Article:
You never forget your first love, goes the tagline on Rainbow Rowell’s Eleanor and Park. I’m hoping I’ll never forget Eleanor & Park, one of the sweetest, most powerful books I’ve read in a while.
Eleanor is the weird new girl at school, worried about her weight and her looks (which lead to bullying) and her family (abusive stepdad). Park is the quiet boy on the bus, from a not-so all-American family (and he’s not quite sure where he fits in). Over the course of months, they bond over music and comic books, and fall in love.
And that’s it really. Sure, there are difficulties in Eleanor and Park’s lives, but this book is about falling in love for the first time when you’re young, and the way it can be all-consuming, no matter what is happening around you.
Switching between sections focusing on both characters, it’s only the reader who has full knowledge of Eleanor and Park’s lives for much of the novel. In the privileged position of knowing it all, I felt like Rowell had told the perfect story – there wasn’t a single moment where I went: “Oh, because I know that I think he/she should have reacted differently.”
There are plenty of supporting characters, but we see them all through their interactions with the protagonists, and although some of them help the story move along, they’re not as important as Eleanor and Park, what’s important is the way they affect the characters’ relationship.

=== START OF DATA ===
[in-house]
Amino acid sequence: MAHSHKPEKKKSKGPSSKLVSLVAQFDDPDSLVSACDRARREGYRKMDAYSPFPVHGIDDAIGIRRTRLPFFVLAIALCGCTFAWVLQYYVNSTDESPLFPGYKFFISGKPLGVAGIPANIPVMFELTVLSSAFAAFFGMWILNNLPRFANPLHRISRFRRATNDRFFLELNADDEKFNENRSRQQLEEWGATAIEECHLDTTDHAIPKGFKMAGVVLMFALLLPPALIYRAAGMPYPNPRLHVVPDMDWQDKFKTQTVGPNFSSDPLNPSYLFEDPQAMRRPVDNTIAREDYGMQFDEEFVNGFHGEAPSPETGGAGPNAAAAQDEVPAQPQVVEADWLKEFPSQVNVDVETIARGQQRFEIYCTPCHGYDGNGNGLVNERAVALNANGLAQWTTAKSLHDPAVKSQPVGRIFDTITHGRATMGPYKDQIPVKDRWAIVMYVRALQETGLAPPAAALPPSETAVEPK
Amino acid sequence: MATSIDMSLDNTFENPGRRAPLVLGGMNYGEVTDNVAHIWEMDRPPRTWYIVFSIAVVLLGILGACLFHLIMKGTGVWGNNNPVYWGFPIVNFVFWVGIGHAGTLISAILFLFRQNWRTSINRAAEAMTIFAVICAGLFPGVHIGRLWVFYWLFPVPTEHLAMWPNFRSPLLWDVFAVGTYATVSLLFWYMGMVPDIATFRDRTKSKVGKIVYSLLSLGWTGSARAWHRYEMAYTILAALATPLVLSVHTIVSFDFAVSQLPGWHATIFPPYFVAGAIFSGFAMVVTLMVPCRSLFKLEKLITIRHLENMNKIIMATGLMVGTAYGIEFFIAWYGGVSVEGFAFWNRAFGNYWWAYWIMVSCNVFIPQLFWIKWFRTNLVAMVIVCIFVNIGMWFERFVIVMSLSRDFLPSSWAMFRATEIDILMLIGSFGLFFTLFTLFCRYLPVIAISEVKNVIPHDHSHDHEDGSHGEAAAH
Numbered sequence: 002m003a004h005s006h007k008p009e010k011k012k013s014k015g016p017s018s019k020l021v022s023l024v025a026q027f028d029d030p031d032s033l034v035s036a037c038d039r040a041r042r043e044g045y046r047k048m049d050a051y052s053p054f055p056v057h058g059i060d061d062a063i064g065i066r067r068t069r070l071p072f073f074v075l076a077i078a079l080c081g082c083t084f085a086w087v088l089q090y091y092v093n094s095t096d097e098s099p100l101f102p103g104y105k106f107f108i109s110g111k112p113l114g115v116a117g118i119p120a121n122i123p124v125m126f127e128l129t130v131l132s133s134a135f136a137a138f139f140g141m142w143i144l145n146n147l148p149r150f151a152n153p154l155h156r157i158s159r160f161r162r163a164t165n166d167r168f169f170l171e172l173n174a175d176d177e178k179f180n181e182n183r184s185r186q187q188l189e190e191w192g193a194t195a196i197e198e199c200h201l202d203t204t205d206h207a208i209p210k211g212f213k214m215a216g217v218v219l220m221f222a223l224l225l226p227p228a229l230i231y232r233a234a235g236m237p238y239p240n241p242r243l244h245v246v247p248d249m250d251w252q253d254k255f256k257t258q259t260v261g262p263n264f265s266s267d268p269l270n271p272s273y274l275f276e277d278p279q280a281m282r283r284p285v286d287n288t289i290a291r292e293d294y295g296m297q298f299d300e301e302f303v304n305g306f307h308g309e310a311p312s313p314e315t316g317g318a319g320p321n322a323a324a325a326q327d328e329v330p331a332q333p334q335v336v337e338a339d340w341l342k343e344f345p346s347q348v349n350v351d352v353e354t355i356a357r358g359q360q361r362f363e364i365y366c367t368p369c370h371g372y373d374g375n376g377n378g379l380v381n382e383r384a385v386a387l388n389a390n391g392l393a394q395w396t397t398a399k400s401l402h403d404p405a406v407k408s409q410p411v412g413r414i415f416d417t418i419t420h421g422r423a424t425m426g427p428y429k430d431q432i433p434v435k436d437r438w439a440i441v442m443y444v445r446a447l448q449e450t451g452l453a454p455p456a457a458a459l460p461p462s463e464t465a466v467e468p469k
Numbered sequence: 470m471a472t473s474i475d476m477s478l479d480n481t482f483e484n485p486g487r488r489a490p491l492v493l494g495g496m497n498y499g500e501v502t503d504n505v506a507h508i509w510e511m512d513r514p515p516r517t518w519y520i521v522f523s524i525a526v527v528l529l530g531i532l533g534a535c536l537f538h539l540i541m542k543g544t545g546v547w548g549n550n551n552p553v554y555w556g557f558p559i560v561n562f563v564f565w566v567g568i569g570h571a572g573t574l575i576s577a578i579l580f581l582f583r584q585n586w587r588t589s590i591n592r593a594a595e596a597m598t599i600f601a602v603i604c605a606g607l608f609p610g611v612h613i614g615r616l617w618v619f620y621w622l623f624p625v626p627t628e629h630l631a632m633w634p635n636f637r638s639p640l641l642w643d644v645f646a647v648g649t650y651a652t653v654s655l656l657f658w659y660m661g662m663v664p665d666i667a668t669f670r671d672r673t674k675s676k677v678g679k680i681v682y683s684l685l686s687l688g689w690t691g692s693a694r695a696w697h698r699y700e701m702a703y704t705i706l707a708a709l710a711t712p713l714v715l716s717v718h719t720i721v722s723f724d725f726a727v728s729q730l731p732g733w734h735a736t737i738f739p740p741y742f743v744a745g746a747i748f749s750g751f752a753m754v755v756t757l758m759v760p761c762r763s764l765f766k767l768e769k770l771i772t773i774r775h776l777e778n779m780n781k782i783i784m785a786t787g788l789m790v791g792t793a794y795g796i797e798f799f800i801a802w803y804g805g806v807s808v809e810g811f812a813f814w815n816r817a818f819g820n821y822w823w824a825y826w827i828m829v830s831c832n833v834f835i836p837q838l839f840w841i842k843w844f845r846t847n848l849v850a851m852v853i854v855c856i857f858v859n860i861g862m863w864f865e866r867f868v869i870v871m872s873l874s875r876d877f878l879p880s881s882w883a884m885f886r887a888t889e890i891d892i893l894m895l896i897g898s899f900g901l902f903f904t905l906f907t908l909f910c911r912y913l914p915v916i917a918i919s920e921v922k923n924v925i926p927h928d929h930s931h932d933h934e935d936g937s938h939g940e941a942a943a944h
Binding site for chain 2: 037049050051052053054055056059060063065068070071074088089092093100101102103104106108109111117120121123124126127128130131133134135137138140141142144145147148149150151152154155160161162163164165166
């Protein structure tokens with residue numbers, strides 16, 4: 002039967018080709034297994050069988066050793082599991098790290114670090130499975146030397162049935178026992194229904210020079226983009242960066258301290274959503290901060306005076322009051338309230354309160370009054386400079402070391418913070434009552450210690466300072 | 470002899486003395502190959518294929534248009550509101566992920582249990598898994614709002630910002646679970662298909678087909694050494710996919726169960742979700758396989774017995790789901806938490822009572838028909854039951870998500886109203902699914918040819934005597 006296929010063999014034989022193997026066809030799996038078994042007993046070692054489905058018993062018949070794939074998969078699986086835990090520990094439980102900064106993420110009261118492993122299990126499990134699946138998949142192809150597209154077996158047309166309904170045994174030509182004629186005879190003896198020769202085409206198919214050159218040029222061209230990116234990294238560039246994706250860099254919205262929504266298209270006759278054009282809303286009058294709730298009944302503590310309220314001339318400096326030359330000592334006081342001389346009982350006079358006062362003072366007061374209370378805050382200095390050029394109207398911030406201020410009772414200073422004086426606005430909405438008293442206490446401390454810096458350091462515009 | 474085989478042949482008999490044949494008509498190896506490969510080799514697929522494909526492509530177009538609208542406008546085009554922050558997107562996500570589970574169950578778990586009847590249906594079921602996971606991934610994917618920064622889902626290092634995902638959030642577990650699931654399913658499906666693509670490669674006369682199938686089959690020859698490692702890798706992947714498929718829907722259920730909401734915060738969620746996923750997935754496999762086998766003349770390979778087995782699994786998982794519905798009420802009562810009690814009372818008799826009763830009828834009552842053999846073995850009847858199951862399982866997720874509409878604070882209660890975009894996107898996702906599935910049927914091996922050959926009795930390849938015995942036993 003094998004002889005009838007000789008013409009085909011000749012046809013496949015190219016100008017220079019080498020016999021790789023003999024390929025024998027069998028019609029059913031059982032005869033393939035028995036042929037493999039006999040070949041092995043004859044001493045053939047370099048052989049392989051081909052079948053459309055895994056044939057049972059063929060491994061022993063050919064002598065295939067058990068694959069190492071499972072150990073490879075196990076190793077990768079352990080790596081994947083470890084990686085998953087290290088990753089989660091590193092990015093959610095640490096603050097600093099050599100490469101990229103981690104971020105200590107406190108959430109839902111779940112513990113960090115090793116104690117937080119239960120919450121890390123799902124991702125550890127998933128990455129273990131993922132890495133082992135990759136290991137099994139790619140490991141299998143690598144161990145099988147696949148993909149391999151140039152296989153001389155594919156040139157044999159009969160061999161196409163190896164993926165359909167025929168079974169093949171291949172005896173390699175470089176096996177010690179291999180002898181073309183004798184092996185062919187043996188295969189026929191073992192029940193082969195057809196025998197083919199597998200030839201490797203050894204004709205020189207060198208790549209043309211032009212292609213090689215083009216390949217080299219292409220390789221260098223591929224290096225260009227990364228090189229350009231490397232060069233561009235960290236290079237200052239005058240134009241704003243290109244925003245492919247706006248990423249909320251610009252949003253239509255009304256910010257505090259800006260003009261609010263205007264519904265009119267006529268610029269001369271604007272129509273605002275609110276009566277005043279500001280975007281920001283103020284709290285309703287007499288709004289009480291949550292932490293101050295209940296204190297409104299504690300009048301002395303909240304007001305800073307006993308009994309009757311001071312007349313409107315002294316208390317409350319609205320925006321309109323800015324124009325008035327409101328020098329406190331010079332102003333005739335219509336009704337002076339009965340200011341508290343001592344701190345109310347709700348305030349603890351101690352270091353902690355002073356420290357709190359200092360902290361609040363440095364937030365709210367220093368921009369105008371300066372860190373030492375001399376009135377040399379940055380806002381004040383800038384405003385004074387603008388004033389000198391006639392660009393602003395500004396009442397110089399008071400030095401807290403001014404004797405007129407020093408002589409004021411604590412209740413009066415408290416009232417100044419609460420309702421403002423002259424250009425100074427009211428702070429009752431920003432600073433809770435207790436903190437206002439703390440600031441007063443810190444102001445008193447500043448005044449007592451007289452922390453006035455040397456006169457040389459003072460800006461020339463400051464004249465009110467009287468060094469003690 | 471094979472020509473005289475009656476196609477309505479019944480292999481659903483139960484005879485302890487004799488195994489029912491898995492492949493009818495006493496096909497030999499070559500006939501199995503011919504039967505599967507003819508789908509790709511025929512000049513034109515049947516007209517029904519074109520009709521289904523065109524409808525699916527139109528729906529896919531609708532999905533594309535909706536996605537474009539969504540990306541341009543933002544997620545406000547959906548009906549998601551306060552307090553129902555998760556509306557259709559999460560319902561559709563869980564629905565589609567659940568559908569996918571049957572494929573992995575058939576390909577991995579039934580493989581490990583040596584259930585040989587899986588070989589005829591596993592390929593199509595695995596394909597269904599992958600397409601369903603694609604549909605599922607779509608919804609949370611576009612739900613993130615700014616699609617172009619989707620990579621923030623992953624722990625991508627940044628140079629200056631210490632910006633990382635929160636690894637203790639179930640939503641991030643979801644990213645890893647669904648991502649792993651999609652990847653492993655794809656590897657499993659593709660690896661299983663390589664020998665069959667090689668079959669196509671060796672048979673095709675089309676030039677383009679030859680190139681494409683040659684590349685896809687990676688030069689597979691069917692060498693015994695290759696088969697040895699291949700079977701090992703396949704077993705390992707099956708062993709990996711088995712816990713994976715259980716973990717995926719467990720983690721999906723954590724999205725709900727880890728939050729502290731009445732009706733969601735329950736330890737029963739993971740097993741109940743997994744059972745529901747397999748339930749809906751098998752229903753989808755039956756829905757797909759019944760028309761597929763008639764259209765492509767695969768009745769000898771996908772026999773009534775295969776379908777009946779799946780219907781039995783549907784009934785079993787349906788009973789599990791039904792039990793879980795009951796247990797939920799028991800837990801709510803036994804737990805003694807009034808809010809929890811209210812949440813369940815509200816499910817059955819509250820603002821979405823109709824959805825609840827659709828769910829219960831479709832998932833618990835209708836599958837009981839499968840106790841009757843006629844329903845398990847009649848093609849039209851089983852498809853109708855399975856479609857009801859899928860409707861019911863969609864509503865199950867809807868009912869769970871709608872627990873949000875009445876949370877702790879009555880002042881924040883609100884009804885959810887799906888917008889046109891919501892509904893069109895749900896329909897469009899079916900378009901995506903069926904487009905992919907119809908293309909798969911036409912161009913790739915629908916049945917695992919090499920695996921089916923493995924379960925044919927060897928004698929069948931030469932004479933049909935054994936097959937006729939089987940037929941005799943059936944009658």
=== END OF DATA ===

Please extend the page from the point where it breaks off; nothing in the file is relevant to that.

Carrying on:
Rowell’s powerful storytelling had me in tears for much of the novel. I’m not sure if it’s because I started reading it at 1am after a night out and I had flu and it was the end of a long week of work, or if it’s because the story was genuinely weep-worthy. I have a feeling it’s a little of both, and despite the fact I was wiping the water out of my eyes a lot, I did enjoy the book.
Eleanor & Park is a beautiful tale, made even more so by its simplicity. You never forget your first love, and I’ll never forget the time I fell a little in love with Eleanor and Park.
How I got this book: Borrowed from the library